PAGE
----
Gail F. Forrest, Ph.D. is Associate Director of Human Performance and Engineering Research at Kessler Foundation. She is also an Assistant Professor, Department of Physical Medicine and Rehabilitation at Rutgers – New Jersey Medical School. As a postdoctoral fellow at Kessler Foundation Research Center in 2002, Dr. Forrest was awarded grant funding by the New Jersey Commission on Spinal Cord Injury (SCI) Research to investigate locomotor training (LT) using body weight support with manual assistance for individuals after Incomplete SCI. She has presented and published extensively in the area of neuroplasticity and musculoskeletal changes for individuals after SCI. Dr. Forrest has other key interests in the area of biomechanics as related to modeling algorithms for understanding control mechanisms in upper extremity (i.e. arm reaching after stroke), and postural control during locomotion. Currently, she is combining exoskeletal-assisted walking with external electrical stimulation of the spinal cord toward potentially promoting voluntary muscle firing and independent walking.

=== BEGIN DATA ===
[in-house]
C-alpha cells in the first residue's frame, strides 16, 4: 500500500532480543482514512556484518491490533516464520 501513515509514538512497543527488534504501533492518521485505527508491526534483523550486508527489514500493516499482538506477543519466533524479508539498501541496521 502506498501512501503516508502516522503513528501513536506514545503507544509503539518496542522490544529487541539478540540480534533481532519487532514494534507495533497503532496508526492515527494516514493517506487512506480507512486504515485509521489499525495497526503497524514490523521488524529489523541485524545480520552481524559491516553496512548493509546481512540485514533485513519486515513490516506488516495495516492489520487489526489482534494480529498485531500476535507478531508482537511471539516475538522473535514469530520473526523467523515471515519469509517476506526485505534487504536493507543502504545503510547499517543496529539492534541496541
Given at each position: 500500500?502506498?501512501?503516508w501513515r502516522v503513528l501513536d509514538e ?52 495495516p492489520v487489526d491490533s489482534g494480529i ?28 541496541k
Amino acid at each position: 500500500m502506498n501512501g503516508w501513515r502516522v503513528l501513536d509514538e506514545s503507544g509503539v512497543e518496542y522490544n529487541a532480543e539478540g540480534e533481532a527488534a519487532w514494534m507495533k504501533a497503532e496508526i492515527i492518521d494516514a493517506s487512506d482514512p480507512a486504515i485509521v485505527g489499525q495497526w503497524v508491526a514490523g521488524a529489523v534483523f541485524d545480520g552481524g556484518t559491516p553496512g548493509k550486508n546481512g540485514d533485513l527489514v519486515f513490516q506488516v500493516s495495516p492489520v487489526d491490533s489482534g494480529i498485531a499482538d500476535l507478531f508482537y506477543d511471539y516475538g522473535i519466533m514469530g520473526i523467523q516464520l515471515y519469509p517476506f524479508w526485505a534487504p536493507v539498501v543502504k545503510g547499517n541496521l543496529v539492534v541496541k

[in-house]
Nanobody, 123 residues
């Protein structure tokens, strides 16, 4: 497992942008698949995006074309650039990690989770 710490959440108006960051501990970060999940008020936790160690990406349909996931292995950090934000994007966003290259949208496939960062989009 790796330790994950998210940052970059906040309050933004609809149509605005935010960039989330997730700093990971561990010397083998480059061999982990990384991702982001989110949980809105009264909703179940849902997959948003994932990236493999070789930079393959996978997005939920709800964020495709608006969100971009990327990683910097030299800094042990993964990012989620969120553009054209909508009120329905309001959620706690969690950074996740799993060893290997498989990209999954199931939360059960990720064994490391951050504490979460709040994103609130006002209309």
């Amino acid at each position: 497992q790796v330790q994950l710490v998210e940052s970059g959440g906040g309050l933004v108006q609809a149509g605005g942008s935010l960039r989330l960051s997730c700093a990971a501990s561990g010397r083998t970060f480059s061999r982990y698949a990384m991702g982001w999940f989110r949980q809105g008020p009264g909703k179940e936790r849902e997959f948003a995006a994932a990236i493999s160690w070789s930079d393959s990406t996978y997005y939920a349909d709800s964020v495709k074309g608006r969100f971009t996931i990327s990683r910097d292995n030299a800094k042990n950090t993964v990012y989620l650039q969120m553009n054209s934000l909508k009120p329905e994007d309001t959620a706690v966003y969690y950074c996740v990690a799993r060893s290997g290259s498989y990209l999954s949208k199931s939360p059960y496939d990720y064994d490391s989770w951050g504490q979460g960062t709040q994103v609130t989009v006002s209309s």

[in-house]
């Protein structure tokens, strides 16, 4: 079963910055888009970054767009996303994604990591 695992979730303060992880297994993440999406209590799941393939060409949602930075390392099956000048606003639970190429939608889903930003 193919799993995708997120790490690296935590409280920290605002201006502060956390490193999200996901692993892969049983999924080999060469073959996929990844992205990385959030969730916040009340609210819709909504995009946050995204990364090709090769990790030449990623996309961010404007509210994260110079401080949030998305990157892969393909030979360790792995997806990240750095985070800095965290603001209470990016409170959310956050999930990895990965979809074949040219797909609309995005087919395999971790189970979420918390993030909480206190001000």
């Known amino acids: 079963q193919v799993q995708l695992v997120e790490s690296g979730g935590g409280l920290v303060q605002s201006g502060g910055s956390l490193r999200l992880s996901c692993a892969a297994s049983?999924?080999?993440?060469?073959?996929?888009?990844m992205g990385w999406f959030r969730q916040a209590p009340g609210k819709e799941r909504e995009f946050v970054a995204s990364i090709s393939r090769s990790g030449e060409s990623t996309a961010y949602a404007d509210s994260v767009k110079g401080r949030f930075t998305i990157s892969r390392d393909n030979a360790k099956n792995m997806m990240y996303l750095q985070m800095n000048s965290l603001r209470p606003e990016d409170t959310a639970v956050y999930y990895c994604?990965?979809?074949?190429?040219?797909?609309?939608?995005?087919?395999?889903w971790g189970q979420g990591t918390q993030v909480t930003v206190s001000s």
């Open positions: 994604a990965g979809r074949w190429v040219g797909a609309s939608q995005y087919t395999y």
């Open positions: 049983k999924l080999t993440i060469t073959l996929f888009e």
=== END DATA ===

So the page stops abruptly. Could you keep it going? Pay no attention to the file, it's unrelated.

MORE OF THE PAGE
Stephane Frijia joined the Greater Phoenix Economic Council in 2011. As Senior Vice President of Strategy and Research, he leads the formulation of strategic initiatives and programs, in alignment with GPEC mission and action plan, and the development of new innovative research capabilities to supports domestic and international business attraction efforts and marketing. Mr. Frijia is also responsible for developing and overseeing GPEC’s international strategy, in coordination with the International Leadership Council composed of prominent business leaders and elected officials. Prior to joining GPEC, Mr. Frijia served as a researcher at the Decision Center for a Desert City (DCDC) at Arizona State University. Additionally, he has worked as a professional consultant for numerous airports and cities around the country, providing assistance with air service development, planning and engineering, operational procedures, project management and actions to enhance the value of the airport. He earned a master’s degree in urban and environmental planning and a bachelor’s degree in aeronautical management technology from Arizona State University.